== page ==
Fig. 5
figure 5

Metabolites associated with dietary intake frequencies (weekly). Weekly dietary frequency intake data of the 11 main food groups (cereal, meat, fish, dairy, lipids, potatoes, vegetables, fruits, sweets, bakery products, beverages) were collected via food frequency questionnaire, and multiple linear regression analysis followed by meta-analysis were performed on each metabolite—dietary factor pair. Regression models were adjusted for analytical batching, postprandial effect (for serum), sampling (urine), age, sex and zBMI score

For urinary metabolites, we identified creatine to be positively associated with meat intake (SD per portion per week: 0.025; 95% CI 0.012 to 0.039). Hippurate was positively associated with both fruit (SD per portion per week: 0.026; 95% CI 0.018 to 0.034) and vegetable consumption (SD per portion per week: 0.021; 95% CI 0.011 to 0.031). Proline betaine, N-methylnicotinic acid and scyllo-inositol were positively associated with fruit intake, whilst glutamine, alanine and leucine were negatively associated with fruit intake. In addition, pantothenate and acetate were respectively found positively associated with dairy and potato intake.

For serum metabolites, we found 12 glycerophosphatidylcholine species to be associated with fish consumption (Fig. 5), 4 glycerophosphatidylcholine species (PC ae 36:3, PC ae 36:4, PC ae 36:5 and PC ae 38:5) to be positively associated with meat consumption and 5 glycerophosphatidylcholine species (PC aa C38:0, PC aa C38:6, PC ae C38:5, PC ae C38:6, PC ae C40:6) to be negatively associated with sweet consumption. In addition, we found acetylornithine to be positively associated with fruit intake, and two acylcarnitines (C5:1, C6:1) and one sphingolipid (SM (OH) C16:1) to be negatively associated with beverages (soft and fizzy drinks).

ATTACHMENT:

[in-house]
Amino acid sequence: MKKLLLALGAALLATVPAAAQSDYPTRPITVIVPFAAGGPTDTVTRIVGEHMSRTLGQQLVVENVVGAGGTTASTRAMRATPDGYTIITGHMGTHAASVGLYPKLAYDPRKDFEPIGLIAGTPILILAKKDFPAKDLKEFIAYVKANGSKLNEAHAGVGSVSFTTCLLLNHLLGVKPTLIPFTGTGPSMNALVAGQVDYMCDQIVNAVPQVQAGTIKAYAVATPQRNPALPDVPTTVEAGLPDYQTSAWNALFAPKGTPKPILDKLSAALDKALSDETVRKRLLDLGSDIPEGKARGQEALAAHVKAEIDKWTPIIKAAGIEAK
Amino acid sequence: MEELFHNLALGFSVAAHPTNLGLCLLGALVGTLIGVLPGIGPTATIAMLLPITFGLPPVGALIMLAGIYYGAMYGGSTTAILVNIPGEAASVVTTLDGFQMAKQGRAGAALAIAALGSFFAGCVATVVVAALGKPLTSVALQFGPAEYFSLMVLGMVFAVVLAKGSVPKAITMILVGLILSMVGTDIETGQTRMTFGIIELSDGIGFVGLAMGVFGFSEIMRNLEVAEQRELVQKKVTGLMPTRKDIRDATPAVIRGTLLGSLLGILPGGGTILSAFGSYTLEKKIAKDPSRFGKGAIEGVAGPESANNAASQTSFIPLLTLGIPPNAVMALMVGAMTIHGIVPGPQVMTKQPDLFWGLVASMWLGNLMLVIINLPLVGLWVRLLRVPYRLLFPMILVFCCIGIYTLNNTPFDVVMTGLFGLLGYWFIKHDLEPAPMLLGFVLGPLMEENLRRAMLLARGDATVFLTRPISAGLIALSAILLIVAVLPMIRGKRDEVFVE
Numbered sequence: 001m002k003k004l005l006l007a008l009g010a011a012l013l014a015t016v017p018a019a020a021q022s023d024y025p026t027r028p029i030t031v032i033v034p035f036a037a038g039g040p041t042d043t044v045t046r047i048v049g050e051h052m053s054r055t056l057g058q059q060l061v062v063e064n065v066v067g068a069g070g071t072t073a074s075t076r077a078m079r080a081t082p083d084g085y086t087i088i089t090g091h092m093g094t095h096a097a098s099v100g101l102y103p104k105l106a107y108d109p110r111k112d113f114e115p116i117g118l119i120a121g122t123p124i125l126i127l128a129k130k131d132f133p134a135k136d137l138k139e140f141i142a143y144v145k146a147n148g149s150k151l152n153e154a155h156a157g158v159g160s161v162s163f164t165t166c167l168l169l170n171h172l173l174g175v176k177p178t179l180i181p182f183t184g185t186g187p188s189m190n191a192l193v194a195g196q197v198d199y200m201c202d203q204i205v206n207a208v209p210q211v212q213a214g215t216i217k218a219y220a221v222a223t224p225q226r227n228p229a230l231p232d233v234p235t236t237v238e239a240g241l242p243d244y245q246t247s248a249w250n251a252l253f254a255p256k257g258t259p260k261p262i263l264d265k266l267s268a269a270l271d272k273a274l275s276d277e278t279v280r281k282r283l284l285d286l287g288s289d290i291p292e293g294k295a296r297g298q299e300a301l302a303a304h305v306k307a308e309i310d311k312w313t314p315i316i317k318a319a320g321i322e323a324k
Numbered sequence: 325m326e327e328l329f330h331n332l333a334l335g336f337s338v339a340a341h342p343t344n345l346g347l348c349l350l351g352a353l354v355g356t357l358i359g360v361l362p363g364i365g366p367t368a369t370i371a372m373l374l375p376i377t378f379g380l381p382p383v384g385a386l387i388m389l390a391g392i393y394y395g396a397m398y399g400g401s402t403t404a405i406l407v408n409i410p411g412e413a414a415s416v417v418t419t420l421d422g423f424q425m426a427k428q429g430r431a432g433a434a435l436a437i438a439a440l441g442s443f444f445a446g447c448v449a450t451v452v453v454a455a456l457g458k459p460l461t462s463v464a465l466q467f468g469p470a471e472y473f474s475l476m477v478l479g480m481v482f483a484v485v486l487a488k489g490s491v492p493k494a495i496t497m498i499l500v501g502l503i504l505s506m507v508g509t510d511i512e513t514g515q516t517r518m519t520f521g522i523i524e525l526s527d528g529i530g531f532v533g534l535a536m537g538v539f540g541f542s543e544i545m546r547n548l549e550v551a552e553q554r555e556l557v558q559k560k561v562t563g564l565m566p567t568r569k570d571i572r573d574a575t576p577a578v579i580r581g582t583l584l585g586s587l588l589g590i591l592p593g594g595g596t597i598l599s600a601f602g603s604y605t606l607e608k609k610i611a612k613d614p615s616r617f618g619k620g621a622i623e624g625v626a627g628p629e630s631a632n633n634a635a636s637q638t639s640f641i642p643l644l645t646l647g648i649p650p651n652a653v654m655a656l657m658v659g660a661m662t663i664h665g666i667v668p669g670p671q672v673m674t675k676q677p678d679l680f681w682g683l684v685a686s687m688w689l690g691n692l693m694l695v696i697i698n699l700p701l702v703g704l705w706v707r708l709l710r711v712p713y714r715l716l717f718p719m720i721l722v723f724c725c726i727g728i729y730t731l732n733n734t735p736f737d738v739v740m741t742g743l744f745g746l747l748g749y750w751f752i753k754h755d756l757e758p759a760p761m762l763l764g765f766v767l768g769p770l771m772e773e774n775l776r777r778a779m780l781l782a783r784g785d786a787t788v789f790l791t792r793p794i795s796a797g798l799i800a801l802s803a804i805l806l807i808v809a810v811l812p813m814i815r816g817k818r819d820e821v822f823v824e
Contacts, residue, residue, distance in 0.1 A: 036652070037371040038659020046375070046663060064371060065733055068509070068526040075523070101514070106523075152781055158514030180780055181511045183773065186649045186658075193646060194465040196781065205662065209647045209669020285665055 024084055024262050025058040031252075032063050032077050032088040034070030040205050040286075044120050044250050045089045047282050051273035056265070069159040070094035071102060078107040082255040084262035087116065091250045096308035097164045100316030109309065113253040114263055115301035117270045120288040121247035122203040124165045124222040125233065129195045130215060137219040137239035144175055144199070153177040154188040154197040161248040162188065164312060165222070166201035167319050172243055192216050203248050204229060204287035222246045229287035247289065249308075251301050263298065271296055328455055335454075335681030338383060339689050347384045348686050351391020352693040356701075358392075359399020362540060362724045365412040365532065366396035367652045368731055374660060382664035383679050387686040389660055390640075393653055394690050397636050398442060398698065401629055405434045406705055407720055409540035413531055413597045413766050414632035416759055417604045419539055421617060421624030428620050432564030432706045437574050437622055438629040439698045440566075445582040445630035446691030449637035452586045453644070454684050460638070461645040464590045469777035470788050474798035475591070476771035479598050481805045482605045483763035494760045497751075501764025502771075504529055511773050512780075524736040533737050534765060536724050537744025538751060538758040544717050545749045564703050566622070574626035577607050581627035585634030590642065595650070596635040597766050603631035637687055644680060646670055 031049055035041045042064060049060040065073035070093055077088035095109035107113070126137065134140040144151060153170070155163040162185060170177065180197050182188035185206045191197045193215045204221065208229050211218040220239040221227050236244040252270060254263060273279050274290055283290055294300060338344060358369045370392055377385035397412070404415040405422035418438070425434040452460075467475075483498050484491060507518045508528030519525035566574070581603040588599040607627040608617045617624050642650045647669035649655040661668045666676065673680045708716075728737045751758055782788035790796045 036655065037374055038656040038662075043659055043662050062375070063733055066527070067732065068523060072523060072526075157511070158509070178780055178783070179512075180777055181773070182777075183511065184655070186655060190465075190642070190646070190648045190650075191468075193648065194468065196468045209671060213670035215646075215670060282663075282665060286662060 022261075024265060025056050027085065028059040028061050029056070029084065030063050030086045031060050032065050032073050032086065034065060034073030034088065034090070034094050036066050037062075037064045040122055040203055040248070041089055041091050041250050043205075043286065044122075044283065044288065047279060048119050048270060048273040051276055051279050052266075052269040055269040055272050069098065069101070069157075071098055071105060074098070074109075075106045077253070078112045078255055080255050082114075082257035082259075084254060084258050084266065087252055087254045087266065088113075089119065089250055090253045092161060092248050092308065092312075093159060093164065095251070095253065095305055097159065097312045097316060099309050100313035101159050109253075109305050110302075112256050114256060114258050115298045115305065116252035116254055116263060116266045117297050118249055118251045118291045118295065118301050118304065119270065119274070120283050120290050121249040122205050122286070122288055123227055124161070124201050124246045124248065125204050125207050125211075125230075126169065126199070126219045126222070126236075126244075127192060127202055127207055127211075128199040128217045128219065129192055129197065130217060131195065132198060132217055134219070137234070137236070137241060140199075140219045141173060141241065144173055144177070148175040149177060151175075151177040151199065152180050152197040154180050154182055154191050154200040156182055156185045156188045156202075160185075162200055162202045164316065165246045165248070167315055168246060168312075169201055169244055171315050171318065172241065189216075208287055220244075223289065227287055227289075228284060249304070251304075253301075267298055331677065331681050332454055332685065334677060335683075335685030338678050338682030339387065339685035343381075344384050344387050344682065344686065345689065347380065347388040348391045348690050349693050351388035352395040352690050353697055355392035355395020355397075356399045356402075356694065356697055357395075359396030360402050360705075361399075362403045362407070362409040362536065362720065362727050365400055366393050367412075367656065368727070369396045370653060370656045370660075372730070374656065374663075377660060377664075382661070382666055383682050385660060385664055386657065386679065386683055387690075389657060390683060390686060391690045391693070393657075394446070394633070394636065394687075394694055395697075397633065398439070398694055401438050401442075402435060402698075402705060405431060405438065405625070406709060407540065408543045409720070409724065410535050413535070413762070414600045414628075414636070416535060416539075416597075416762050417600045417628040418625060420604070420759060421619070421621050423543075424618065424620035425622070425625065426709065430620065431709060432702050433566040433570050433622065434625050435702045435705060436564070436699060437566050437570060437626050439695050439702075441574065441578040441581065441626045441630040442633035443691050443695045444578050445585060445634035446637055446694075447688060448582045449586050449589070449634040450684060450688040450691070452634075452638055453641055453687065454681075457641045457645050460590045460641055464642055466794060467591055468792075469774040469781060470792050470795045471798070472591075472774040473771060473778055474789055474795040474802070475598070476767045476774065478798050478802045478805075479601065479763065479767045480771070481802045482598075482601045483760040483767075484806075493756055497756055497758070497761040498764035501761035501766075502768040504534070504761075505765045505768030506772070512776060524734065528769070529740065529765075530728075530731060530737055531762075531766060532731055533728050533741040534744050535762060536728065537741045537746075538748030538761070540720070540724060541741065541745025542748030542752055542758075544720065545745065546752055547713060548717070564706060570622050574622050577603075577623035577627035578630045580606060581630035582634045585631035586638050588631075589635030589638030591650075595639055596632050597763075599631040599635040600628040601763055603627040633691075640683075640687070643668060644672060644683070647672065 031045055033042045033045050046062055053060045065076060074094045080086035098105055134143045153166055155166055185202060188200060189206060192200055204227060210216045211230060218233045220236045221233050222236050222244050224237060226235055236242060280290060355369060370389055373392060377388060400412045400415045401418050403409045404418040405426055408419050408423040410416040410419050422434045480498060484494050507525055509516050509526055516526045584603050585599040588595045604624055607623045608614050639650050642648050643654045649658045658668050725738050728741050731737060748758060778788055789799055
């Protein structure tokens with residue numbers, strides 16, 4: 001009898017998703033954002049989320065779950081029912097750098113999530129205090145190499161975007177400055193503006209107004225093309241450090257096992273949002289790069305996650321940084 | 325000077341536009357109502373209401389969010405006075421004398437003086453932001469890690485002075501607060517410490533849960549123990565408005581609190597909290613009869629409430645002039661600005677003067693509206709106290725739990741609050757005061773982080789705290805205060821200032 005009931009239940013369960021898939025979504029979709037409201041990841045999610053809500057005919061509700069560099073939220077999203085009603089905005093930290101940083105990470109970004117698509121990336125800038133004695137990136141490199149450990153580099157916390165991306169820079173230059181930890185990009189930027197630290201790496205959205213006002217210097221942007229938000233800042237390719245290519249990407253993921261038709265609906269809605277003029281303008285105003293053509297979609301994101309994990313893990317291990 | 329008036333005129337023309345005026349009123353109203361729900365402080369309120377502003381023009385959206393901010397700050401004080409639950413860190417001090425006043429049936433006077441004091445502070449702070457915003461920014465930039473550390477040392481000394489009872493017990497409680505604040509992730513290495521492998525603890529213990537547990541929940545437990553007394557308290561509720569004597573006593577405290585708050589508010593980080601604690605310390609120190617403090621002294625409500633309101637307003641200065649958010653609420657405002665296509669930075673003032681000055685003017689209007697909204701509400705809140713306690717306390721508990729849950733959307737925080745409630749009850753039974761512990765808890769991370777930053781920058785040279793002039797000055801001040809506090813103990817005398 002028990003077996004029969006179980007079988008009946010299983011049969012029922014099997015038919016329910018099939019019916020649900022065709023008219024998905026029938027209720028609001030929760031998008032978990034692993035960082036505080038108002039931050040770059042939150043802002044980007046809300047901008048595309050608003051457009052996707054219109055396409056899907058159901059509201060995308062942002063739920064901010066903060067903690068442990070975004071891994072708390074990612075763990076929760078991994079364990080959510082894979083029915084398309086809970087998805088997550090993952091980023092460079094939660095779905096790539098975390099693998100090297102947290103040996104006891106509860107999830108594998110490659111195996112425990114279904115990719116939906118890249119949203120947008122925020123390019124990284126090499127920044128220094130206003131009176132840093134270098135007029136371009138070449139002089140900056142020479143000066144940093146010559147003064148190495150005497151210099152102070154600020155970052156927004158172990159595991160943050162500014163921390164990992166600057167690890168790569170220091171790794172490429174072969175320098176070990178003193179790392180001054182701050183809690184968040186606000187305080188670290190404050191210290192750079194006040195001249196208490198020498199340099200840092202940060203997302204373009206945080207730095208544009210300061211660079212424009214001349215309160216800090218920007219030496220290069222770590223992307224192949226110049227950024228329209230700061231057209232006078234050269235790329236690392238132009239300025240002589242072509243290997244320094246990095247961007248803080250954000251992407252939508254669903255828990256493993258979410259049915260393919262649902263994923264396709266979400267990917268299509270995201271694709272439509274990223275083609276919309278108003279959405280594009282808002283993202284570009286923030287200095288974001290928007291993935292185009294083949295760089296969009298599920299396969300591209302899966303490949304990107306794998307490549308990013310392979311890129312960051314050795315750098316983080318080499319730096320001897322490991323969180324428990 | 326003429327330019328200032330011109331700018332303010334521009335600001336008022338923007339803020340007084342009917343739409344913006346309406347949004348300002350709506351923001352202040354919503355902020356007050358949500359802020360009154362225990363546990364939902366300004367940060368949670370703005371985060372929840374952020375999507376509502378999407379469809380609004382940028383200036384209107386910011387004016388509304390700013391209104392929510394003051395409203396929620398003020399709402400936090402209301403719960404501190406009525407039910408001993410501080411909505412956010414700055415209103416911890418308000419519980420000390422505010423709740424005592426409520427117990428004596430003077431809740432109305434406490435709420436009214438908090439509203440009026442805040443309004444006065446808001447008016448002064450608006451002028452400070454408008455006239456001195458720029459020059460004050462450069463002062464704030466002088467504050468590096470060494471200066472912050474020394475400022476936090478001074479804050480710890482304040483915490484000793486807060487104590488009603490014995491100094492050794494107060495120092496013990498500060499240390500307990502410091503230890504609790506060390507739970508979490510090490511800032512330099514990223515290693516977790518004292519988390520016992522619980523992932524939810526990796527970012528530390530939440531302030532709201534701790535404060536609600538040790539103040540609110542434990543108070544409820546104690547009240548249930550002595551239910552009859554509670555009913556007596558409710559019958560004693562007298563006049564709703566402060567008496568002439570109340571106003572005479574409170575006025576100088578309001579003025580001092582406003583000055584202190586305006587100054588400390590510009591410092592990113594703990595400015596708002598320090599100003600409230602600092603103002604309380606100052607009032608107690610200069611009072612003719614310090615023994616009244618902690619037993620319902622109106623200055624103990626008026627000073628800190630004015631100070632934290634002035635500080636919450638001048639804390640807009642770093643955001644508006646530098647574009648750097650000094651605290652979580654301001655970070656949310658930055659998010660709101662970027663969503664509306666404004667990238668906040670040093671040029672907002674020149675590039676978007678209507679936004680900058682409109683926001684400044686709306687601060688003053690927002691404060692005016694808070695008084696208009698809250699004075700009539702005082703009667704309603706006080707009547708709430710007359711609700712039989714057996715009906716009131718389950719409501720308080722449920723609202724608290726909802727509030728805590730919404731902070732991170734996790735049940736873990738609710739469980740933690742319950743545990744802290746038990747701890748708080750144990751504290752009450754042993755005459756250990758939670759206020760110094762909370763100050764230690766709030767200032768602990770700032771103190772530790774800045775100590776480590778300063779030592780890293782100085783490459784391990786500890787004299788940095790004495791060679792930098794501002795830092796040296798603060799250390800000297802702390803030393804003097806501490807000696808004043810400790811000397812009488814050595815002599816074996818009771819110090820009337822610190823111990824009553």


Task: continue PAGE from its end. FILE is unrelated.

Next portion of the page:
Variance decomposition analysis of LC-MS/MS serum and NMR urine metabolic profiles

Using principal components analysis, we found that metabolites in LC-MS/MS serum metabolic profiles were inherently more collinear when compared to NMR urine profiles; only 6 principal components were required to describe half of the variance in the 177 serum metabolites as opposed to 12 principal components required to describe the same proportion of the variance in the 44 urinary metabolites (Additional file 1: Figure S9). Secondly, as metabolic profiles often capture information derivable from various sources that may be analysis-specific or individual-specific, we performed variance decomposition analysis to discover and compare the volume of information contained in the two metabolic datasets that were attributable to the various factors. Using a partial R2 approach, we partitioned the variance in the urinary and serum data according to the following 5 main categories: pre-analytical, analytical, demographic, dietary and cohort/country. The analysis was performed on each of the 44 urinary metabolites and on each of the 177 serum metabolites, and Fig. 6 illustrates the distributions of the percentages of variance explained by the 5 categories. Our data indicate that whilst analytical biases accounted for only a small fraction (median of 1.5%) of the explained variance in the NMR urinary profile, they accounted for a much larger portion of the explained variance (median of 9.1%) in the LC-MS/MS serum profile. Dietary information accounted for the largest proportion of the explained variance in the urinary metabolic profile (median of 1.6%), and overall, we found that demographic, dietary and information about country of origin are better reflected in the serum dataset, as these factors together explain a median of 9.0% amongst serum metabolites versus a median of 5.1% amongst urine metabolites (breakdown by individual metabolite can be found in Additional file 1: Tables S10 and S11).